18 Jun 2012

1903    Caricaturist Al Hirschfeld (1903-2003) is born today. His distinctive looping line drawings will capture the essence of Broadway shows from the 1920s through the early 2000s. The Martin Beck Theatre will be renamed the Al Hirschfeld in 2003, just months after his death at age 99.

1905    Birthday of playwright Lillian Hellman (1905-1984), who will go on to write The Children's Hour, The Little Foxes, Another Part of the Forest, Watch on the Rhine and the book to Candide.

1906    See-see, described by its authors as a "Comic Chinese opera," opens at the Prince of Wales's Theatre in London. The musical boasts a book by Charles Brookfield and a score by Sidney Jones and Adrian Ross. Denise Osme performs the title role. See-see will run 152 performances.

1910    In a strike against racial prejudice, Florenz Ziegfeld opens the Ziegfeld Follies of 1910, with actor Bert Williams as co-star, marking the first time white and black entertainers have appeared on stage together in a major Broadway production.

1920    Opening night of the starry Ziegfeld Follies of 1920 at the New Amsterdam Theatre, featuring performances by Fanny Brice, W.C. Fields and Moran & Mack; and music by Irving Berlin, Harry Tierney and Victor Herbert. It will run 123 performances.

1921    Birthday of Joseph Papp (1921-1991), founder and longtime executive director of the New York Shakespeare Festival/Public Theatre. Aside from the annual free productions of Shakespeare in New York's Central Park, NYSF will present annual subscription seasons of works by two generations of theatre artists, with a special emphasis on work by and about minorities. Productions under his auspices included A Chorus Line, Hair, Two Gentlemen of Verona, The Pirates of Penzance and That Championship Season.

1921    Future stage and screen star Judy Holliday is born today. By the time of her untimely death in 1966 Holliday will have won the 1951 Academy Award for best actress for her performance in "Born Yesterday," a role she has already done on Broadway. She will also win a Tony Award as best leading actress for her performance in the Jule Styne-Betty Comden-Adolph Green musical, Bells Are Ringing.

1929    The musical revue Hot Chocolates opens a 219-performance run today at the Hudson Theatre, featuring some of the great stars of Harlem nightclubs, including the Broadway debut of Louis Armstrong, and a score by Fats Waller, Harry Brooks and Andy Razaf.

1937    Laurence Housman's Broadway smash Victoria Regina opens at London's Lyric Theatre. The historical drama, which proved to be a personal triumph for star Helen Hayes on Broadway, now stars Pamela Stanely as the 19th-century British Queen. The show will run 42 weeks.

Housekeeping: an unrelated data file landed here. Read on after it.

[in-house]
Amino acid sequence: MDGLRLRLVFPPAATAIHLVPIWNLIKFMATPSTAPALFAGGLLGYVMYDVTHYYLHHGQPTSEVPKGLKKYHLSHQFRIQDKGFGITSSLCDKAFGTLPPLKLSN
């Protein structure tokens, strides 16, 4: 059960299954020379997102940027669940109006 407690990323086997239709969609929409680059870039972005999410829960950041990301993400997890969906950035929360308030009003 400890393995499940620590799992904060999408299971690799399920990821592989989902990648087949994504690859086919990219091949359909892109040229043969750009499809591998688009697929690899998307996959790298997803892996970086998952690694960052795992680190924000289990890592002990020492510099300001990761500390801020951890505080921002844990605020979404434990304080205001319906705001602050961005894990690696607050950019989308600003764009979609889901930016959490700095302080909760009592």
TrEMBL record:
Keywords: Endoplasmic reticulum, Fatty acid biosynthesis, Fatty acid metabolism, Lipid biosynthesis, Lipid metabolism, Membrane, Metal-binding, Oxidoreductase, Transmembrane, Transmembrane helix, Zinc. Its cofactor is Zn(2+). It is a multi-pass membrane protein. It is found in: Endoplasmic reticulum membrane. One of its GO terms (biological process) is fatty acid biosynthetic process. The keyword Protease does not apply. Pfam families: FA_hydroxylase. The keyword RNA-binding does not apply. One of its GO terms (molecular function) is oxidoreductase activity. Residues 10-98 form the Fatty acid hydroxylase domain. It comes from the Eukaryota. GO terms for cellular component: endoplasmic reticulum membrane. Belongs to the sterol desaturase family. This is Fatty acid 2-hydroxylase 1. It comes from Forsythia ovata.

1951    Audience members are taken back to Indianapolis circa 1907 as Seventeen opens at Broadway's Broadhurst Theatre. Based on the novel by Booth Tarkington, the new musical features a book by Sally Benson. Singing the Walter Kent-Kim Gannon score are leads Ann Crowley and Kenneth Nelson. The show will run 23 weeks.

1956    The Stratford Shakespeare Festival in Ontario kicks off its season with productions of Henry V, The Merry Wives of Windsor, and Benjamin Britten's The Rape of Lucretia. Also included are productions of three Moliere comedies.

1962    A New York theatregoing tradition is born as the Delacorte Theatre in Central Park first opens, with a production of The Merchant of Venice starring George C. Scott. The construction of the famed home of free Shakespeare is made possible by a $400,000 donation from George Delacorte of Dell Publishing.

1963    The 1876-vintage Goodspeed Opera House in East Haddam, Connecticut, reopens after an extensive renovation as a headquarters for musical revivals and new musicals. The first show in the new series will be Oh Lady, Lady. Among Goodspeed Musicals productions to land on Broadway will be Man of La Mancha, Shenandoah and Annie.

1965    Actor Sydney Chaplin leaves the Broadway production of Funny Girl after settling with the producers. Despite rumors that Chaplin has left the show because of some friction between himself and co-star Barbra Streisand, the official reason given for his early departure is that Chaplin has had disagreements with the show's producer, Ray Stark.

1965    A musical classic returns to the New York stage as the Music Theatre of Lincoln Center revives Kismet at the New York State Theatre. Alfred Drake returns to the role he originated in the Broadway production of the musical for the length of this six-week run.

1966    Stage and film actor Ed Wynn dies at age 80. After starting out with a career in Vaudville on the Orpheum-Keith Albee vaudeville circuit, Wynn became a staple on Broadway (Simple Simon, The Laugh Parade) and in Hollywood ("Mary Poppins," among many other Disney films). Wynn also received much acclaim for his performance in the film version of "The Diary of Anne Frank."

1976    Godspell, the third longest-running show in Off-Broadway history ends its run at 2,124 performances to transfer to Broadway's Broadhurst Theatre, where it will open tonight. The Stephen Schwartz musical directed and conceived by John-Michael Tebelak is based on the Gospel according to St. Matthew. It will close after switching to the Plymouth Theatre and end at Ambassador Theatre Sep. 4, 1977.

1978    The gay-themed revue, Crimes Against Nature, begins a 10-week engagement at the Actors Playhouse in New York. Created by the Gay Men's Theatre Collective of San Francisco, the show deals with both current events and more personal homosexual concerns.

1978    Carol Hall's The Best Little Whorehouse in Texas, starring Carlin Glynn, opens on Broadway at the 46th Street Theatre. The musical directed by Peter Masterson and Tommy Tune will garner seven Tony nominations and win two; for Glynn and co-star Henderson Forsythe.

1984    David Rabe's play Hurlyburly opens Off-Broadway at the Promenade Theatre. The original cast from Chicago's Goodman stays intact, including William Hurt, Harvey Keitel, Christopher Walken, Jerry Stiller, Cynthia Nixon, Sigourney Weaver, and Judith Ivey. The play will run 45 performances, then transfer to Broadway's Ethel Barrymore Theatre.